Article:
- This week web experts discovered a huge flaw in the security software used by millions of Web sites — including many banks, e-mail and social media services.
- While it is a serious concern for all web users, individual Internet users cannot take direct steps to fix the bug; it exists on Internet servers
- If a site you use is still vulnerable, any hacker who understands how to exploit the weakness will have access to names and passwords, email and message content -- truly any data shared over the supposedly secure connection.
- This does not mean your information has already been affected or stolen, but it does mean your personal information is vulnerable to theft until the code fix is applied to each affected server.
This week web experts discovered a huge flaw in the security software used by millions of Web sites — including many banks, email and social media services. Some sites have likened the breach to leaving your front door unlocked, and anyone who knows how to open the door can intrude and expose your confidential information.
Unfortunately, the fix isn't as simple as locking the door from inside your house. The code vulnerability exists within layers of secure Internet server coding.
So how does this affect you?
To protect web users, sites will employ Secure Sockets Layers and more recently, Transport Layer Security Internet protocols to identify and encrypt data from the user's browser to the secure end site. To achieve encrypted web traffic, a digital secure "handshake" is accomplished through an SSL or TLS Internet protocol that provide a secure channel between two machines operating over the Internet or an internal network.
The "very serious bug," dubbed Heartbleed by Internet researchers, exists within OpenSSL - the cryptographic library that is used to secure a massive percentage of the Internet’s traffic, according to TechCrunch:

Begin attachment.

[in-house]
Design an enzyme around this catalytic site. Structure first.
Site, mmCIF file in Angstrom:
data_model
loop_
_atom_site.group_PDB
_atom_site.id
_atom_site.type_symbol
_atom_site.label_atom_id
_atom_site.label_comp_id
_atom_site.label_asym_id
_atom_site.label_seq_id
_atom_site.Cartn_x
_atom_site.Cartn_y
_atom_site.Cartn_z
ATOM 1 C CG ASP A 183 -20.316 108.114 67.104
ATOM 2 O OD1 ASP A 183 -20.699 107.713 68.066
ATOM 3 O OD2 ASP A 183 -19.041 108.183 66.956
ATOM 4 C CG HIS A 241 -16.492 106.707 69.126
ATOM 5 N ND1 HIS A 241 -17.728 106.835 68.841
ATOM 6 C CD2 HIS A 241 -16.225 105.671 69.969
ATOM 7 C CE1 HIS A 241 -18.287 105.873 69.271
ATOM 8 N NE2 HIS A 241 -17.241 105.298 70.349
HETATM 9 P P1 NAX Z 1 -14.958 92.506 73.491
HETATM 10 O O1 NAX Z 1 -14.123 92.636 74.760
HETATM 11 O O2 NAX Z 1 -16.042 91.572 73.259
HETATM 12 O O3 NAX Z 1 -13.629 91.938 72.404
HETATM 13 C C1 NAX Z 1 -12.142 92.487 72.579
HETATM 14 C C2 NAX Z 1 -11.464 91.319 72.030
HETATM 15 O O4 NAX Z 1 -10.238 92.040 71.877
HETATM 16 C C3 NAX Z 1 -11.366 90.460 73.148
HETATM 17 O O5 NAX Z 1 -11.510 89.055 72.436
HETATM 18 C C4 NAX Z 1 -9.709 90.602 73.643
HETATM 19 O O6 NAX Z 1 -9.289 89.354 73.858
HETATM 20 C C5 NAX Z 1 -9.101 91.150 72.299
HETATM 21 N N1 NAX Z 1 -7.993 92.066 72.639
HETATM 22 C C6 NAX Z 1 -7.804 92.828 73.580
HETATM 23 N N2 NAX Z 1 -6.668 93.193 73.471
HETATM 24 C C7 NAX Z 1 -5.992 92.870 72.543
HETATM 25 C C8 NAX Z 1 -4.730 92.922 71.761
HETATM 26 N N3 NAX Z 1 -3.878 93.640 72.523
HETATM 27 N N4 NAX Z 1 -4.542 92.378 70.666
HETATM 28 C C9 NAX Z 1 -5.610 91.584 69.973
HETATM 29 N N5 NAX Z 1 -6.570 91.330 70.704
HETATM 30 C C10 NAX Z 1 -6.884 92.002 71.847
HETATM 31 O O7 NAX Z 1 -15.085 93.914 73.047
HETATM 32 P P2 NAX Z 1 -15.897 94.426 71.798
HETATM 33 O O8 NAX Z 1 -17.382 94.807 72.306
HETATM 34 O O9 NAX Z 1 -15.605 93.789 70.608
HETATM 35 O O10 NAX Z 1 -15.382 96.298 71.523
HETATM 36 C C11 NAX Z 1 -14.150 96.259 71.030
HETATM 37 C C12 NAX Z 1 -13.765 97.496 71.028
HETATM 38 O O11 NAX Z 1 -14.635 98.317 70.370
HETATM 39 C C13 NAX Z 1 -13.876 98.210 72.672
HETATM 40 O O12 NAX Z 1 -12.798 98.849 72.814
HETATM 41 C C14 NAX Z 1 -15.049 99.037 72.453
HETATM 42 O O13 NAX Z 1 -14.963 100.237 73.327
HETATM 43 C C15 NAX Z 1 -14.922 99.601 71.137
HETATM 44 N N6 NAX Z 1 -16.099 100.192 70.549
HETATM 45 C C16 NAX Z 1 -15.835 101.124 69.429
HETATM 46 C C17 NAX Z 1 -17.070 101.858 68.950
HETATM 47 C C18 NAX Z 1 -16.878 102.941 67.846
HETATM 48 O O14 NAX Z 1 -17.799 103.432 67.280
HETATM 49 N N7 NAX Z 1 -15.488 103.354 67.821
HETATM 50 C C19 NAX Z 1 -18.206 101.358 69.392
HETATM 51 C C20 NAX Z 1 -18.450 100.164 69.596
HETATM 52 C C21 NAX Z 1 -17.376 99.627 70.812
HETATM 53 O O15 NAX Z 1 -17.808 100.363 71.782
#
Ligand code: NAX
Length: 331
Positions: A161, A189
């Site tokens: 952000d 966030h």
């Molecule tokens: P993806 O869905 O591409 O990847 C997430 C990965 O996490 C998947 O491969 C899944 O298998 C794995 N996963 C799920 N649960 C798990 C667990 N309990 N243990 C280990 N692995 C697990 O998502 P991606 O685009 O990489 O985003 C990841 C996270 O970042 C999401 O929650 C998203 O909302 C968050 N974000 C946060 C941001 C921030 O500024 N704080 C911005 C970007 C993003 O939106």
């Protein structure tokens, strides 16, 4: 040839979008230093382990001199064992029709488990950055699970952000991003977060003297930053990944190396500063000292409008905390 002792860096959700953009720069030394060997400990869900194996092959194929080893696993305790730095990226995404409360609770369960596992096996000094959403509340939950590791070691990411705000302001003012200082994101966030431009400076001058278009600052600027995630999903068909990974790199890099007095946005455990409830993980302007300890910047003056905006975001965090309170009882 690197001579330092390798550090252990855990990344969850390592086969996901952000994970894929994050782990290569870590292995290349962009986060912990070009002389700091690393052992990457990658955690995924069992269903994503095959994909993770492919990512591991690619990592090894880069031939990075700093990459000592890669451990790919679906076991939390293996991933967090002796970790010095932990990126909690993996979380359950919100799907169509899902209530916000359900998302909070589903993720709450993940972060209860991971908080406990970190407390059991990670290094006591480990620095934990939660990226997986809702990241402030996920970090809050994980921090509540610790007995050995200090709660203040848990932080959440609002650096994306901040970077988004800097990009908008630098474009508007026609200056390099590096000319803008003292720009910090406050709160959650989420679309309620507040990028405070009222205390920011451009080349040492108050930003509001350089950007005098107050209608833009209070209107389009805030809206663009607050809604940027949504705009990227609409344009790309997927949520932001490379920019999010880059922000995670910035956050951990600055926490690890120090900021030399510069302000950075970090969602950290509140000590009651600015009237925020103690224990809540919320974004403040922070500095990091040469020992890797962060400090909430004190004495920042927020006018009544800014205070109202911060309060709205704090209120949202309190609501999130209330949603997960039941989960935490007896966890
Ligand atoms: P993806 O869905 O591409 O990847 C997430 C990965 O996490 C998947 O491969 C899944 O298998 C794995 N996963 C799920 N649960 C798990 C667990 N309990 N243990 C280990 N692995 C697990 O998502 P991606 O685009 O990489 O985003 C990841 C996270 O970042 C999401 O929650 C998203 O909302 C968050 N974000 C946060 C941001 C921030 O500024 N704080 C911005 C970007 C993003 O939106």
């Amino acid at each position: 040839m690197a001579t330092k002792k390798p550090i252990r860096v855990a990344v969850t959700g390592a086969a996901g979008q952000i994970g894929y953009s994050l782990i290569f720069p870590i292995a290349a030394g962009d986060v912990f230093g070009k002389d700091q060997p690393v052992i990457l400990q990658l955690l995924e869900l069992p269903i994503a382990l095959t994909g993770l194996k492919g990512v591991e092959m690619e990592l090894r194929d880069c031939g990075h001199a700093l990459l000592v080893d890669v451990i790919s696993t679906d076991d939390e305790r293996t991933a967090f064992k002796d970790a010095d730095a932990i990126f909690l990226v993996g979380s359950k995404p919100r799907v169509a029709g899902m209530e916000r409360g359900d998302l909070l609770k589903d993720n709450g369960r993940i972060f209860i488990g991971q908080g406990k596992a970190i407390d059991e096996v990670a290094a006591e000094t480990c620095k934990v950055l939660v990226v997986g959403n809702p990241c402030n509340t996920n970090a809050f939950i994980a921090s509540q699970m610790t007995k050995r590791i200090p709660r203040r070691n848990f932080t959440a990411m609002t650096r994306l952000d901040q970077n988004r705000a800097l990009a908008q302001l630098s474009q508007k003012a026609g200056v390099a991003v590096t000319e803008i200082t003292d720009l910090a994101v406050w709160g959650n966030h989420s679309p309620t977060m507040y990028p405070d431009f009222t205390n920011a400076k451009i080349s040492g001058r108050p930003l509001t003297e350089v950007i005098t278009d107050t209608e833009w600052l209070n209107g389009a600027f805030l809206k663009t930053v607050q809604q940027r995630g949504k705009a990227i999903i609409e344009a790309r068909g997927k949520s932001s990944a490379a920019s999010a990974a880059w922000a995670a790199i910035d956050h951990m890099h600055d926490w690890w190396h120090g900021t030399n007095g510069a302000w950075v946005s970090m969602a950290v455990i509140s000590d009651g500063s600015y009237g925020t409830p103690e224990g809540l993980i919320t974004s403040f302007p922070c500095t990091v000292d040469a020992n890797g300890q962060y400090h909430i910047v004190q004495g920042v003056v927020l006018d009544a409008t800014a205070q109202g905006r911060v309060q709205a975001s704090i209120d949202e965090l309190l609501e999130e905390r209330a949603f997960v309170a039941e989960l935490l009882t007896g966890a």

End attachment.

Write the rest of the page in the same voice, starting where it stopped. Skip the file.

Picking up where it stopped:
"Even if you’ve never heard of OpenSSL, it’s probably a part of your life in one way or another — or, more likely, in many ways. The apps you use, the sites you visit; if they encrypt the data they send back and forth, there’s a good chance they use OpenSSL to do it. The Apache web server that powers something like 50% of the Internet’s web sites, for example, utilizes OpenSSL.
Through “Heartbleed," it seems that it’s possible to trick almost any system running any version of OpenSSL from the past 2 years into revealing chunks of data sitting in its system memory.
The weakness is "in one feature of the software — the so called ‘heartbeat’ extension, which allows services to keep a secure connection open over an extended period of time — allows hackers to read and capture data that is stored in the memory of the system,” Gigaom explains.
A London-based programmer created this tool so users can check to see if their favorite Internet sites are still affected by the Heartbleed bug. Simply type in the name of your commonly-used site, Yahoo.com for example, and the results will pop up.
If a site you use still shows up as vulnerable, any hacker who understands how to exploit the weakness will have access to names and passwords, email and message content -- truly any data shared over the supposedly secure connection.
This does not mean your information has already been affected or stolen, but it does mean your personal information is vulnerable to theft until the code fix is applied to each affected server.
There is also no reason to rush to change your passwords on a particular site. “Security experts suggest waiting for confirmation of a fix,” CNET warns, “because further activity on a vulnerable site could exacerbate the problem."
The Washington Post reported on the OpenSSL bug Heartbleed and how it affects Secure Sockets Layer encryption (Image via Washington Post).
If you are in the mood for an in-depth explanation of the Heartbleed bug, check out this tutorial made by MIT Ph.D. Zulfikar Ramzan, CTO of cloud security firm Elastica.
Follow Elizabeth Kreft (@elizabethakreft) on Twitter.